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Mary Jane: The Next Generation

A sharper focus for Dell’Arte’s musical extravaganja

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Joan Schirle as Mary Jane - PHOTO BY BOB DORAN
  • Photo By Bob Doran
  • Joan Schirle as Mary Jane

Last summer's Mary Jane: The Musical was a box office success that many more people wanted to see than could, so bringing it back this summer made sense -- especially with recessionary blues still playing in the background. It was also an opportunity to shape a sharper evening, as well as add some new songs and more dancing.

So Mary Jane, Queen of the Emerald Ball, returns with most of the original cast in a show about the business and culture of cannabis in Humboldt. Mary Jane: The Musical 2012 is now onstage in the outdoor Rooney Amphitheatre at Dell'Arte in Blue Lake.

They're back: the Humboldt Honeys, the Bollywood finale with Pratik Motwani, Tim Randles' "Why Is Whiskey Legal and Pot Is Not" and an even sweeter, breathtaking duet by Joan Schirle and David Powell on Lila Nelson's "Grow Inside." There are elaborate, acrobatic new dance routines choreographed by Laura Muñoz. Joan Schirle (as Mary Jane) is again a better world's bona fide Broadway star. But for all the energy and exuberance, the content tips towards a darker assessment.

Dell'Arte's call to the public to contribute ideas for this year's edition resulted most specifically in a new song, "The Trimmers' Flamenco" by Tim Randles, about the women employed to trim the outer leaves from the cannabis buds. Other comments, especially relating to Mary Jane's song about her son, led to major new themes: the effects on children as well as legacies and responsibilities for the future.

There's not much nostalgia this time. It was pretty much over in the pre-show song set, with Powell's powerful singing of the John Lennon wordless vocal center of "A Day in the Life," and its innocent ecstasy and wistful wonder as well as the pain of awe and longing, those foregone possibilities. Mary Jane replaces reminiscence with reevaluation, seeing a kind of Gold Rush of exploitation leaving "a wreck behind." Last year she introduced old friends who bantered about their common past. This year those friends are moving on and away.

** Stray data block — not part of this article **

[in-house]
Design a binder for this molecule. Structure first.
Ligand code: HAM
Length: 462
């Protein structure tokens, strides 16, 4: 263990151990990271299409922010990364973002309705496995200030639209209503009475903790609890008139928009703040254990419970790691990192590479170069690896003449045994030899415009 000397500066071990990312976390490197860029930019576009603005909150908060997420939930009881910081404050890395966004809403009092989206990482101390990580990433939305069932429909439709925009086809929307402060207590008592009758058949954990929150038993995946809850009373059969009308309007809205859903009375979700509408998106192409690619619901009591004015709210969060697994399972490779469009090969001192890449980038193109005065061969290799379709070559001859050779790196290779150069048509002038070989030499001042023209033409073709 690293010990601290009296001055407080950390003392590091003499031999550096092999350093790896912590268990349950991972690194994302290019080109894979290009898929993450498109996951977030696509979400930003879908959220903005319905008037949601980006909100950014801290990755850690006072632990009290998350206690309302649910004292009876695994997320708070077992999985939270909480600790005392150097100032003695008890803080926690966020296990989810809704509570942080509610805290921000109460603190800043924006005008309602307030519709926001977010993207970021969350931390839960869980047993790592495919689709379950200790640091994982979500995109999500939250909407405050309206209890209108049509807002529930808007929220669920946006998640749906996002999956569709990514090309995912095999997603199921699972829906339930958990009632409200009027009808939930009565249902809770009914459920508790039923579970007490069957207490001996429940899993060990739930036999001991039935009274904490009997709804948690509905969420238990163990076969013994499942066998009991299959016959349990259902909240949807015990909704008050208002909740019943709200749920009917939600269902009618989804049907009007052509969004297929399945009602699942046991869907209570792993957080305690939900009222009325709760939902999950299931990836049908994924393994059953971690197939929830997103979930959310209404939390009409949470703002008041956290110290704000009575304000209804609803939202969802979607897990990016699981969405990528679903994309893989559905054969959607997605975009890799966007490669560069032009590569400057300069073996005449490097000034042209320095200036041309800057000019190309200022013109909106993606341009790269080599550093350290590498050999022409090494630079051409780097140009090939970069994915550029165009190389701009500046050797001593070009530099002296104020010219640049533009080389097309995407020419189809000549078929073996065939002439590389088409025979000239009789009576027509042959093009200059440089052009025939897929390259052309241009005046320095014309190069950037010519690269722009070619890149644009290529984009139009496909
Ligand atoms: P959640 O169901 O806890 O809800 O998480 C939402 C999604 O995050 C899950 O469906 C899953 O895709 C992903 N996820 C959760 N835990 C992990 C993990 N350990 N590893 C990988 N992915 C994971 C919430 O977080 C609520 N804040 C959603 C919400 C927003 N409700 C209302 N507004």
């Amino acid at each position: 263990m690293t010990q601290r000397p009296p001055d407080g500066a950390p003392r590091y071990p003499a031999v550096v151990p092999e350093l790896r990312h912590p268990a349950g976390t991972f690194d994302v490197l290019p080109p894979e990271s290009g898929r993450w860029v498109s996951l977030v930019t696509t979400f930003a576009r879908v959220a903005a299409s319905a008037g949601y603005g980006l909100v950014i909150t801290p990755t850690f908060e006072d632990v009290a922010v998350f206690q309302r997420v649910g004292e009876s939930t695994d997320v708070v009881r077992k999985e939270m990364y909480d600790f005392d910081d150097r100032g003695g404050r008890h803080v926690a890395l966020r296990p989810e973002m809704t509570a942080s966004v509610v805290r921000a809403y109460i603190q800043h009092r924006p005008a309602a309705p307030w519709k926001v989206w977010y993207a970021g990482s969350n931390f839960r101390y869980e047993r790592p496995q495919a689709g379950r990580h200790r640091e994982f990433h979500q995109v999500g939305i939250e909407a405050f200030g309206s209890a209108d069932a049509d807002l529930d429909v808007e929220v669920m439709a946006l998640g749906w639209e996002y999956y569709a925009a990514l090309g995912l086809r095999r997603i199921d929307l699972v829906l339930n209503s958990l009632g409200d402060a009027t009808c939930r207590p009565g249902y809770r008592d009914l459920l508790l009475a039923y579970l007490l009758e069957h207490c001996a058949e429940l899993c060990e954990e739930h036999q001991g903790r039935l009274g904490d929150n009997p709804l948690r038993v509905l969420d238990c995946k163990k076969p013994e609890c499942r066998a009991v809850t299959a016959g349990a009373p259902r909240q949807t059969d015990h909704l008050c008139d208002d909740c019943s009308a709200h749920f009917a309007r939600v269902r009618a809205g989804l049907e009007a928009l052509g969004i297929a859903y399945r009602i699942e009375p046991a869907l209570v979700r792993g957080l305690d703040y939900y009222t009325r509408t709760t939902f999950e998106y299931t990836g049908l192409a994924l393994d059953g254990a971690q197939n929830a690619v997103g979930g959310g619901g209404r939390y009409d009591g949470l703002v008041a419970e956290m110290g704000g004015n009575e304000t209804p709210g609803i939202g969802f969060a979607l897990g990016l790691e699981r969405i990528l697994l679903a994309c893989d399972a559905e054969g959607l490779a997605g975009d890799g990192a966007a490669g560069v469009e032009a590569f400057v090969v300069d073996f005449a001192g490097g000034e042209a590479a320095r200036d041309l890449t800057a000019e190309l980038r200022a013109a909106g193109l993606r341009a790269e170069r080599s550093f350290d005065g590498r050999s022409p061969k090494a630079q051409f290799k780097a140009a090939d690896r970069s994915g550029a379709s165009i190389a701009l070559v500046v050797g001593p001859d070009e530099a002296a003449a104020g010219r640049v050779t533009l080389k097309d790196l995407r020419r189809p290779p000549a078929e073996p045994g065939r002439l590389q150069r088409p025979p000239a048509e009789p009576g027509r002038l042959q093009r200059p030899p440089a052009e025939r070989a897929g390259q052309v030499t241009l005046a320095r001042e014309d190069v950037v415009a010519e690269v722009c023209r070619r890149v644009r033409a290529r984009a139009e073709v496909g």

What they leave behind is the devil or the deep blue sea -- the black market greed of "The Industry" or the legalized corporate greed of "This Bud's For You" (both songs by Scott Menzies). Either way, it's the rule of "Green Like Money" (by Zuzka Sabata): "I'm false like smoke/I'm empty hope." But if "the pot bubble pops," it's a "Ghost Town" (by Joani Rose).

When Mary Jane's estranged son appears and she meets her infant granddaughter, the focus moves to the effects on the next generation, as in Sabata's new song "Officer and Child" about being taught to lie and hide. "Innocent no more" -- a phrase in this song repeated in Randles' "Nightmare" -- might be this year's subtitle.

But the voice of experience is not hopeless, and as in many ancient and modern myths, it is the elder who guides to the future. Mary Jane rallies in an eloquent final speech: "I am tired of living in the shadows. ... I am tired of profit over people. ... My mantra is: never leave your consciousness at the door."

The introduction of a son and grandchild cries out for human interaction and emotion, but I felt a lack of that in the opening night performance, as well the usual spontaneity. Otherwise this is a more cohesive, confident, resonant and haunting update, as well as upping the entertainment quotient. Michael Fields skillfully guided the script and staging, Daniel Spencer is scenic designer, Lydia Foreman the costume designer, and Michael Foster designed lighting. Musical director Tim Randles, joined by players Marla Joy, Mike LaBolle and guitarist Dan Perez, comprised the ever-excellent band. Returning members of the dashing cast not yet named are Ryan Musil, Zuzka Sabata, Joyce Hough, Janessa Johnsrude and Meridith Anne Baldwin, joined by Jacob Trillo. Fred Neighbor didn't return, and he and his character are missed.

Mary Jane: The Musical plays two more weekends, Thursdays through Sundays at 8 p.m.

That's the review, now the weather: In the previous 21 years of the Mad River Festival, the outdoor show was rained out only twice. But that number was equaled opening weekend with a complete rainout Friday and a move indoors Saturday. Producing director Michael Fields says he makes the decision to cancel by 6:30 p.m. and it gets posted on the Dell'Arte website. If it rains during a performance, he'll likely end it then. Because of all the electrical equipment necessary for this show, it can't be quickly moved inside (as a 2008 performance of Tartuffe was -- one that Fields remembers as the best of the run). If the show is cancelled, ticketholders get a raincheck.

Coming Up: If you're reading this Wednesday (June 27) you can still catch the final performance of Exit 101, an evening of song, storytelling and discussion on end of life themes, at Dell'Arte's Carlo Theatre at 7 p.m. -- part of the Mad River Festival.

The Fest continues with The Prize of Hope presentation to performers Geoff and Dan Hoyle on Saturday, June 30, before Mary Jane, and Red Light in Blue Lake cabaret July 6. More at dellarte.com.

Meanwhile, Redwood Curtain opens the comedy Show People on Thursday, July 5. Details at RedwoodCurtain.com.

 

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